Supply Chain Management and Where Quonset Fits In

Recently, I had the honor of addressing the Northeast Supply Chain Management Summit at the John H. Chafee Center for International Business at Bryant University.  It was, indeed, a unique opportunity for me to share with colleagues from throughout the region, the vision we have for the Port of Davisville at Quonset Business Park.   The remarkable progress we have made there in recent years – ascending to become the 7th largest automobile port in North America and quadrupling the amount of cars arriving at the Port in just 15 years — has been unprecedented. However, the Port of Davisville is also destined to tell a similar story of success in the future.

For those that do not know, the Northeast Supply Chain Management Summit was established in 2008.  Since then, it has evolved into a highly anticipated regional event that attracts industry leaders from across the Northeast.  This year, the theme of the Summit, “From My Supply Chain to Yours: A Global Perspective,” offered attendees a look behind the scenes, into the supply chains of industry experts.  This theme afforded attendees the opportunity to examine new ways to institute best practices.

This year’s theme also served as a fitting reminder that transporting goods is a business that finds us players on a global stage — a stage with limitless possibilities.  It is a world that presents opportunities to those prepared to seize them, and at Quonset Business Park we have taken steps to position the Port of Davisville to seize these opportunities.

For example, consider the $5.25 billion project to expand the Panama Canal. This project began in the Fall of 2007 and is now on its way to an expected completion in 2014. The ambitious construction project will double the canal’s capacity, allowing more and larger ships to pass through.  The ramifications of an expanded canal are sure to be felt at ports across the globe, including here in Rhode Island.

We should be clear, that the widening of the canal does not mean that large container ships will be headed to the Port of Davisville.  Due to the draft limitations of the channel that approaches Davisville, we are only equipped to handle vessels with a draft of 32 feet, while most container vessels have a minimum draft of 42 feet.   However, because of its strategic location and our commitment to infrastructure improvements, we believe the Port of Davisville still has an important role to play in the supply chain shipping business as a result of the Panama Canal expansion.

With the expansion of the Panama Canal, experts anticipate a redistribution of East and West coast container traffic. The result of this redistribution will manifest itself in an increase in the number of containers being shipped to the East Coast.   Over time, more containers arriving will create the need for more consolidated load center ports at select East Coast terminals that can alleviate the potential of additional shipping congestion on our roads and railways.  With more cargo arriving at the major ports such as Norfolk, Baltimore, and New York, there will be greater shipping opportunities for smaller ports such as Davisville.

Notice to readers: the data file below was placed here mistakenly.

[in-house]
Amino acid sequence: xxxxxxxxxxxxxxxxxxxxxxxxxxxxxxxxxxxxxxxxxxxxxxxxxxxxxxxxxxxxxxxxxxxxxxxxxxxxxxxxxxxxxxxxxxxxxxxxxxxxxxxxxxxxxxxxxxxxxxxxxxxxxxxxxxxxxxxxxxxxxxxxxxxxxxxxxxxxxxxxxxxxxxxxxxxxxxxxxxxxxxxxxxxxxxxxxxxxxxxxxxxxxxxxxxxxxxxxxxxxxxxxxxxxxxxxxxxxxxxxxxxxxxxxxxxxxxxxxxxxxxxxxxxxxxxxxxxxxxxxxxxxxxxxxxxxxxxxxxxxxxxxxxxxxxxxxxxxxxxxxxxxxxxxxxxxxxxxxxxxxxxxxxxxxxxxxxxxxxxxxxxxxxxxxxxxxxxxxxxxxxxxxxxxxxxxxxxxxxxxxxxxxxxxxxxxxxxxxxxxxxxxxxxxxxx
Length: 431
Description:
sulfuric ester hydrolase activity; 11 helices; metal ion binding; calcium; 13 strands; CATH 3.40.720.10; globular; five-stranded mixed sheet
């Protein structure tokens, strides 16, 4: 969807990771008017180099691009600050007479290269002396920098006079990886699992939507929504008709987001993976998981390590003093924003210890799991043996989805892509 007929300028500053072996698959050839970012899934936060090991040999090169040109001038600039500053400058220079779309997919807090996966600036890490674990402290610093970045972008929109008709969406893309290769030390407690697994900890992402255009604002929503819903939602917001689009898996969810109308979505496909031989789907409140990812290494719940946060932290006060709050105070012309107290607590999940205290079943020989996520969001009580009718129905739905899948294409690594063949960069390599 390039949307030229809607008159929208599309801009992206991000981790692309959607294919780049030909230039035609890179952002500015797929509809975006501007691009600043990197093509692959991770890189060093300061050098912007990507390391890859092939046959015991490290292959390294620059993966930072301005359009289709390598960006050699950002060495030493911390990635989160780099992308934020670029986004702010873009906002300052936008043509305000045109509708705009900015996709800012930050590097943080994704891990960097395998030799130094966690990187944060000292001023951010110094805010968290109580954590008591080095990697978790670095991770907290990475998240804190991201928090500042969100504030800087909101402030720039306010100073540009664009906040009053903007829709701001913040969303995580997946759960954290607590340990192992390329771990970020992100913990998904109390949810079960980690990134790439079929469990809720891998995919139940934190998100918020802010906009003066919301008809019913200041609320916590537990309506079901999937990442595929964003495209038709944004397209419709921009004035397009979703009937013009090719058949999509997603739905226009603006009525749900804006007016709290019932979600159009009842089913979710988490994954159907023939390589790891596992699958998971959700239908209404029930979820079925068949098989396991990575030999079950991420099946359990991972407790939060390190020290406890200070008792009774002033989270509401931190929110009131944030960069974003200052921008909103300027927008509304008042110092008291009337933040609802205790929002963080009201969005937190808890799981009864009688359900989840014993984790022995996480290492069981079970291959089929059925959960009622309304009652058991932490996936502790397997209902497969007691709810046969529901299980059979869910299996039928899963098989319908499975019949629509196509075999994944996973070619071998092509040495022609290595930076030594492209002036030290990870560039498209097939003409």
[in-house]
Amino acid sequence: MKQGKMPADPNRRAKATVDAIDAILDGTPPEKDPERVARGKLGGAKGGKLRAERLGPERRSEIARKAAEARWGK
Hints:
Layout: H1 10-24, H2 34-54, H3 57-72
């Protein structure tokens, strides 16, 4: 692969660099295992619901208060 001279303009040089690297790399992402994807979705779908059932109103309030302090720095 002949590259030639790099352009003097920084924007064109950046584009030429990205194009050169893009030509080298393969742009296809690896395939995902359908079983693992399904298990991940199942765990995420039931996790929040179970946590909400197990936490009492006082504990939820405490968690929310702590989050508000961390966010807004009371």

We are confident that the Port of Davisville is strategically positioned to serve as a vital player in this new generation of short sea shipping routes that are likely to be developed in areas with the most severe highway congestion. The Port of Davisville is destined to provide critical feeder services between Rhode Island and any of the East Coast load center ports, but particularly mid-Atlantic ports such as New York, Baltimore, and Norfolk.

Over the past two years we have been working around the clock to implement improvements to the Port from the $22.3 million in TIGER (Transportation Investment Generating Economic Recovery) grant funds received through the U.S. Department of Transportation’s Maritime Administration (MARAD).    With those enhancements now more than 90 percent complete, and with the arrival of the new mobile harbor crane, we are well situated to participate in the short seas shipping business.

In addition to the TIGER infrastructure improvements, we now embark on an ambitious dredging project with the blessing of federal, state and local officials. By dredging the channel depth adjacent to the Davisville piers to 32’ feet, we will remain competitive for today, but even more importantly, prepared to attract new business tomorrow.

It is a source of great pride to us that the auto import activity at the Port of Davisville has quadrupled over the past 15 years – and a shining example of our ability to attract industry leaders to Rhode Island.   But we do not rest on our laurels. We have long known that the key to our success is our ability to constantly evolve and find new ways to nurture our growth.   Our new investments in infrastructure not only allow us to harness the strength of our auto-import business, but also prepare us for new opportunities headed towards Rhode Island.

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